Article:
Feb 25, 2024 - Politics & Policy

Immigrant influx is squeezing city budgets

A photo of a line of migrants of differing ages, including children and adults, standing outside in winter clothing.

People recently arrived in the U.S. prepare to leave a Denver encampment on Jan. 3. Photo: Hyoung Chang/The Denver Post via Getty Images

The crisis resulting from a record-high number of people entering the U.S. through the southern border is increasingly straining budgets in some of the largest cities.

Why it matters: Mounting pressure on city coffers only exacerbates the demand on the federal government to support the municipalities that have largely been fronting the costs themselves.

The big picture: A recent analysis from S&P Global Ratings shows that of the 100,000 immigrants Texas has transported since 2022, 84% were sent to Denver, Chicago and New York.

  • People from all over the world are risking their lives to flee violence, persecution, poverty, a lack of access to medical care and more.

Zoom in: Denver — home to more immigrants per capita than any other U.S. city — has tapped into its 2024 savings and is pulling at least $5 million from its budget to continue providing services for them, with more reductions likely.

  • Cutbacks have meant reduced hours at DMVs and recreational centers, plus a pause in hiring of some city staff.
  • At the same time, Mayor Mike Johnston said he would begin decreasing the number of new arrivals served, though it's unclear by how many.

Reality check: A new first-of-its-kind federal study found that refugees and asylum seekers have historically had a net positive fiscal impact in the U.S.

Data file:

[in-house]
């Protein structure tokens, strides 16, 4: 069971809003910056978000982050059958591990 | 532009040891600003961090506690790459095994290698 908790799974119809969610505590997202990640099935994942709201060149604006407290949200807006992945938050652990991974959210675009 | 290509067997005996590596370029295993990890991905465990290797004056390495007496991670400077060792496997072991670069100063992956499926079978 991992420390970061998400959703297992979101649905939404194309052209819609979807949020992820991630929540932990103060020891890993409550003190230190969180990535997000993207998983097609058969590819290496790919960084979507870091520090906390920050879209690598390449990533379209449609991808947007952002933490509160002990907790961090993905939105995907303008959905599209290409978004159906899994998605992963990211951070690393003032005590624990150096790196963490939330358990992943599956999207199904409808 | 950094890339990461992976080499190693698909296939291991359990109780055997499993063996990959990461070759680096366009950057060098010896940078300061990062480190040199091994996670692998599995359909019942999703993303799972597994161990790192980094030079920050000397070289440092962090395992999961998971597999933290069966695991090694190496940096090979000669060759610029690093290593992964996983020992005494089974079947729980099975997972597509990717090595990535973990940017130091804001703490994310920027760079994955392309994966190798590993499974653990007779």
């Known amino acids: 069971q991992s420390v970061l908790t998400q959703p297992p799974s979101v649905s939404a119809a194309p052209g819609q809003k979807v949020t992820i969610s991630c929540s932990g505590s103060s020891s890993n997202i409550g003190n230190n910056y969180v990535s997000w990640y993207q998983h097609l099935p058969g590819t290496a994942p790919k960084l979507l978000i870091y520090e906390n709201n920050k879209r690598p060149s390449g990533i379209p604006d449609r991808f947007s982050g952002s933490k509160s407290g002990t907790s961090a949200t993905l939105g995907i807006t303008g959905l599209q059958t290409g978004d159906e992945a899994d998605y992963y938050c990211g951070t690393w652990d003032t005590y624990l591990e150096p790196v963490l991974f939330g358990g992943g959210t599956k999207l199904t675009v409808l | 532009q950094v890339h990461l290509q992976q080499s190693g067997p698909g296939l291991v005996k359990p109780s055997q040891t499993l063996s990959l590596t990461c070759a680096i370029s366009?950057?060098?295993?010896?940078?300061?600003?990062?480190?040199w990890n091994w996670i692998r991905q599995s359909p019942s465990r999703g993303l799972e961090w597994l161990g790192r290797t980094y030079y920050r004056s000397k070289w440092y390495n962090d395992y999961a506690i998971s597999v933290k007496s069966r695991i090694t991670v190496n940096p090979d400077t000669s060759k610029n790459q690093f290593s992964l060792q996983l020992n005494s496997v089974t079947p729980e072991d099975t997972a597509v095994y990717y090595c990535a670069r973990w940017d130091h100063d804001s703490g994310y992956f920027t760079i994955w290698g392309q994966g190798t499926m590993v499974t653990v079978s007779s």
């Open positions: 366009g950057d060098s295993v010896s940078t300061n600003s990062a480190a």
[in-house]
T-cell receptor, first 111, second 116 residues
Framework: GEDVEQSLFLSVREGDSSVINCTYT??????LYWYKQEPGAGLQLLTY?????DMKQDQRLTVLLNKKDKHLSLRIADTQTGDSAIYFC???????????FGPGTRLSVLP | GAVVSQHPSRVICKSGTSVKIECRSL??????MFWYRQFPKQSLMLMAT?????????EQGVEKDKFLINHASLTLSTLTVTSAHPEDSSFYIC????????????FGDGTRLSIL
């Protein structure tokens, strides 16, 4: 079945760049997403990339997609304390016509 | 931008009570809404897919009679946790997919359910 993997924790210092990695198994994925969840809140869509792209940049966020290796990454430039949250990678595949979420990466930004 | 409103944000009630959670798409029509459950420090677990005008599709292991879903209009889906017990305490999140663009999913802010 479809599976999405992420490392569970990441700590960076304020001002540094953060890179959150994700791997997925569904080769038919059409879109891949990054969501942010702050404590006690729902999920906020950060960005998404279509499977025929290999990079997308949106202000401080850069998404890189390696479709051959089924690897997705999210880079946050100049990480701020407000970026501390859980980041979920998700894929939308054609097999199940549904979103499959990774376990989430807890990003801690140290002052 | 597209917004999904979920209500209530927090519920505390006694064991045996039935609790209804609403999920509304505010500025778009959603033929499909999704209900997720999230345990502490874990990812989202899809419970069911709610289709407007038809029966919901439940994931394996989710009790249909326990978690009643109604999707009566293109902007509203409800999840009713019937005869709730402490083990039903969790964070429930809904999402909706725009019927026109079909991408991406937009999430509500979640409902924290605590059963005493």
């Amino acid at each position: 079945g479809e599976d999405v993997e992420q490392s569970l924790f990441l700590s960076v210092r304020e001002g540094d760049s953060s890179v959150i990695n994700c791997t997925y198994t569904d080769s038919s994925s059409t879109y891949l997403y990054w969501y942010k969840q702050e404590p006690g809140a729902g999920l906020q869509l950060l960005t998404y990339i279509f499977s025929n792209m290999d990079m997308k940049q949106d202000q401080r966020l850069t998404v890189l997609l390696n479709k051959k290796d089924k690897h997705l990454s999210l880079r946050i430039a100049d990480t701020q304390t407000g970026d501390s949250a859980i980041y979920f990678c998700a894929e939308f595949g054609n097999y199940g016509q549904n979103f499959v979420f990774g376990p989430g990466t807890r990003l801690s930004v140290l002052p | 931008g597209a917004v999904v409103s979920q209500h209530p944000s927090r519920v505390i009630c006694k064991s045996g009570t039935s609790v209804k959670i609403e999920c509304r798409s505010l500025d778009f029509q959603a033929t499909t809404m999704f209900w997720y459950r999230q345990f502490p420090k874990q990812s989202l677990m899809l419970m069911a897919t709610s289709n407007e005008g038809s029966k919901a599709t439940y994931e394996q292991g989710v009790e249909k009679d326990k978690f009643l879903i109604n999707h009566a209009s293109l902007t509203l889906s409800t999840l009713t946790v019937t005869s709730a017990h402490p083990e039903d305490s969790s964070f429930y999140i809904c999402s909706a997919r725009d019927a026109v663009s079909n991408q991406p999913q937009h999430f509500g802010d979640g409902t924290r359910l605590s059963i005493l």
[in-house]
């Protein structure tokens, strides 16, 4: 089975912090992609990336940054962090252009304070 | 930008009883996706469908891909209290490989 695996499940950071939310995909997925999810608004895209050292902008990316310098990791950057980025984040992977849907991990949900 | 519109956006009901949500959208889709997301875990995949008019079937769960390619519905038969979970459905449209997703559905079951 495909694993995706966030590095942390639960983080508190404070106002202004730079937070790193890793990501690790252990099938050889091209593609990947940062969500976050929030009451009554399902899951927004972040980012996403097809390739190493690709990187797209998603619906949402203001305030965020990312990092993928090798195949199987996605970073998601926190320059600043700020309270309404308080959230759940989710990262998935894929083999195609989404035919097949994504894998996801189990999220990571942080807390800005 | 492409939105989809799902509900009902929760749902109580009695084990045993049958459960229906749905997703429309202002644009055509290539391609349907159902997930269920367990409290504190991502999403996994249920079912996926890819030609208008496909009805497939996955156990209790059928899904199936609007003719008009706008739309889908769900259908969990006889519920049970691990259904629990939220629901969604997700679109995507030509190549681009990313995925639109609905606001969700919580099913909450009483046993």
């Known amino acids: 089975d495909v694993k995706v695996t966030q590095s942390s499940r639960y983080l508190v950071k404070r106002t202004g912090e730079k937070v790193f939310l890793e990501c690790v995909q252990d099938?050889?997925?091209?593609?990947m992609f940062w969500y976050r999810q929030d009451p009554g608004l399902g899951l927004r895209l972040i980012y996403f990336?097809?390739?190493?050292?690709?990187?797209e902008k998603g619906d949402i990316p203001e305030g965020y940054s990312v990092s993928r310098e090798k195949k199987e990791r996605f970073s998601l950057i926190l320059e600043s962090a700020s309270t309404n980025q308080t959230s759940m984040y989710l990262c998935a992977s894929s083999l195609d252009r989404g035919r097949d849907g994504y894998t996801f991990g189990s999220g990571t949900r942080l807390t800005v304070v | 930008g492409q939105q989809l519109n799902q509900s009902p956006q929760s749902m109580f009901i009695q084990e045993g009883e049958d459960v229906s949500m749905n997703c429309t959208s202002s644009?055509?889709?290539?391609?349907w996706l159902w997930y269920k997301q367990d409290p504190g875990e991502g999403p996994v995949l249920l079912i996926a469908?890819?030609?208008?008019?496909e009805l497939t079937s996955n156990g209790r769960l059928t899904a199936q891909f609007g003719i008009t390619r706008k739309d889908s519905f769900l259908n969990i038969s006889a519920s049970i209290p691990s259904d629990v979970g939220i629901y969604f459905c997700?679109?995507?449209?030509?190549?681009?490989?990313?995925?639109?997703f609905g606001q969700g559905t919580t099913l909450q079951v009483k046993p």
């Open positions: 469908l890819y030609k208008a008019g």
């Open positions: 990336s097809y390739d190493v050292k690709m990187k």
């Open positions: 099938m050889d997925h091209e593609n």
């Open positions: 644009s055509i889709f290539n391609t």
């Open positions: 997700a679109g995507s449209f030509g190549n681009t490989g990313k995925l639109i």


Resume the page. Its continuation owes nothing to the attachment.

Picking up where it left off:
• The Department of Health and Human Services found that refugees and asylum seekers who entered the country between 2005 and 2019 generated nearly $124 billion in net federal, state and local government revenues — after taking into account the costs of caring for them.

What they're saying: Johnston called Denver's cuts "shared sacrifice" in early February.

  • "This is what good people do in hard situations as you try to manage a way to serve all of your values."

In Chicago, Mayor Brandon Johnson has allocated roughly $150 million for immigrants in his 2024 budget, but a recent agreement with state and county leaders demands another $70 million.

  • Johnson has still not allocated that money amid accusations from some Black constituents and leaders that the new arrivals are being prioritized over existing local communities.

New York has implemented cost-saving measures at its humanitarian relief centers and is renegotiating vendor contracts, per S&P's report.

  • In part thanks to those measures, the city dropped its cost estimates for sheltering new arrivals to $4.2 billion and $4.9 billion for fiscal years 2024 and 2025, respectively.

Zoom out: Other cities and states that have been hit less hard by the crisis are still crunched for resources.

  • Massachusetts has spent at least $360 million on sheltering, transportation and services in fiscal year 2024 as of Feb. 8. Officials estimate emergency shelters will cost nearly three times as much next fiscal year.
  • Washington, D.C. has spent more than $36.4 million.

What to watch: The escalating burden on city finances isn't expected to end anytime soon.

  • Local governments have continued to shoulder most of the responsibility as imminent immigration reform remains unlikely.

Axios Denver's Esteban Hernandez, Axios Boston's Steph Solis and Axios Chicago's Monica Eng contributed reporting.

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